Whitmer seeks 'complete' census count, hopes citizenship question gets axed
Southfield — Gov. Gretchen Whitmer created Tuesday a committee seeking a complete and accurate count of all Michigan residents in next year’s national census.
"We encourage every Michigander to take part in the counting process," Whitmer said here at a press conference. "This group is made up of elected officials, community leaders and organizers who are uniquely equipped to ensure every voice is heard."
In 2010, 78% of Michigan residents mailed in a census response, above the national average of 74%. Livonia had the highest participation rate in the country among cities with populations of at least 100,000, with 88% of its residents mailing in a census response.
The U.S. Constitution requires a full count of the U.S. residents every 10 years. States rely on accurate census data to ensure they receive appropriate federal funding and accurate representation in the U.S House of Representatives.
"Everyone in Michigan counts, and we need to make sure everyone in Michigan gets counted," said Gov. Gretchen Whitmer. David Guralnick, The Detroit News
"This impacts how much federal funding will come to each community, it will impact what comes into our state. It will impact our ability to create jobs and provide housing, to build schools and to provide education, as well as desperately fixing the roads," Whitmer said.
Each year, the federal government allocates more than $675 billion in federal funding to states, counties and municipalities nationwide. State programs that receive federal funding include Medicare, Medicaid, Section 8 housing and the Supplemental Nutrition Assistance Program.
Declines in census response rates can significantly hurt municipal and state budgets, said Alexis Wiley, chief of staff to Detroit Mayor Mike Duggan. Programs such as Medicare and food stamps rely on residents ensuring they are counted in the census, she said.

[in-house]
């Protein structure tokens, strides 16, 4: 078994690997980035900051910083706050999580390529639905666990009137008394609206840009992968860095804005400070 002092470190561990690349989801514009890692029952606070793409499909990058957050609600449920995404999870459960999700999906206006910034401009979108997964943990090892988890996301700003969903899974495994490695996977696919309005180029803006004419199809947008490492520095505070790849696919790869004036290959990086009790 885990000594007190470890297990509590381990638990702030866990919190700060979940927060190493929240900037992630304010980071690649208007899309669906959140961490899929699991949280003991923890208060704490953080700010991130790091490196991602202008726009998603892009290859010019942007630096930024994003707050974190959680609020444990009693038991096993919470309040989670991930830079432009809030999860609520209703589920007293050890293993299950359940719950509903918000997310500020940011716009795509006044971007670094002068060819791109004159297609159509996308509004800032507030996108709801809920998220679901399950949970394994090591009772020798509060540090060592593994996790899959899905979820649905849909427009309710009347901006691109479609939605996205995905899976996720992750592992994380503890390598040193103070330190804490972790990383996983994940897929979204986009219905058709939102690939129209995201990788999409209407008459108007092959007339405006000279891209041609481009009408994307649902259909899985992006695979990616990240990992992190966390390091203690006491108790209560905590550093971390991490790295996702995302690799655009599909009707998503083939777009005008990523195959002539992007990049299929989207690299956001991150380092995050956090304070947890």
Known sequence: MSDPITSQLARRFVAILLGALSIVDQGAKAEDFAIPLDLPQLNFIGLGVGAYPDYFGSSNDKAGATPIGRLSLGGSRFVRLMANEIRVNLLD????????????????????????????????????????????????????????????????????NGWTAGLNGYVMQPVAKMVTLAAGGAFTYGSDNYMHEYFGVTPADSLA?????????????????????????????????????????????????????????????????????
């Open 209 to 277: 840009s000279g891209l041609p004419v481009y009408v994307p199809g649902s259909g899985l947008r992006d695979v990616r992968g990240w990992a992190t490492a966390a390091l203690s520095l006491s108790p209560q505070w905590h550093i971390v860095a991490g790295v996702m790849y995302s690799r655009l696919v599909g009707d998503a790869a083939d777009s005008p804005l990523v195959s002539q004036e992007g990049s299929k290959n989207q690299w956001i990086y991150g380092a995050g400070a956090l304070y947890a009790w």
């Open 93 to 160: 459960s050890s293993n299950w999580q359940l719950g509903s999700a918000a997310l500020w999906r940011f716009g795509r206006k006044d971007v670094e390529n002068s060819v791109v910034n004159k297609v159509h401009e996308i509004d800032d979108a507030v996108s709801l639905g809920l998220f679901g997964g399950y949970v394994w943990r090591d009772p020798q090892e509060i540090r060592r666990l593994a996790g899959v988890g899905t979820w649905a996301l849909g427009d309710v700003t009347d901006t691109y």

"For us, over a 10-year period, you lose $18,000 per person that isn't counted," Wiley said.
Preparation for the 2020 census has been controversial since the Trump administration's Commerce Department decided the Census Bureau would ask about U.S. residents' citizenship status as part of the population count. The U.S. Supreme Court is set to decide a case involving the Trump administration's policy.
Whitmer said she hopes the court strikes down the citizenship question. Critics have argued the citizenship question will discourage illegal immigrants from participating in the population count.
"Regardless, we are going to have a robust, multicultural effort to make sure everyone is counted in this state," Whitmer said.
The last time a citizenship question was included on the short census form that goes to most U.S. households was in 1950, according to National Public Radio. Beginning in 1970, questions about citizenship were included in the long-form questionnaire that goes to about one in six U.S. residents.
The Census Complete Count Committee will be administered by Whitmer, Lt. Gov. Garlin Gilchrist and 63 members from various communities and state organizations.
The committee’s goals include identifying and overcoming possible barriers to full census participation, as well as promoting participation in the census.
"This isn't about party, this isn't about a particular community. This is about the Michigan community, about every single one of us," Whitmer said. “Everyone in Michigan counts. We need to make sure everyone in Michigan gets counted."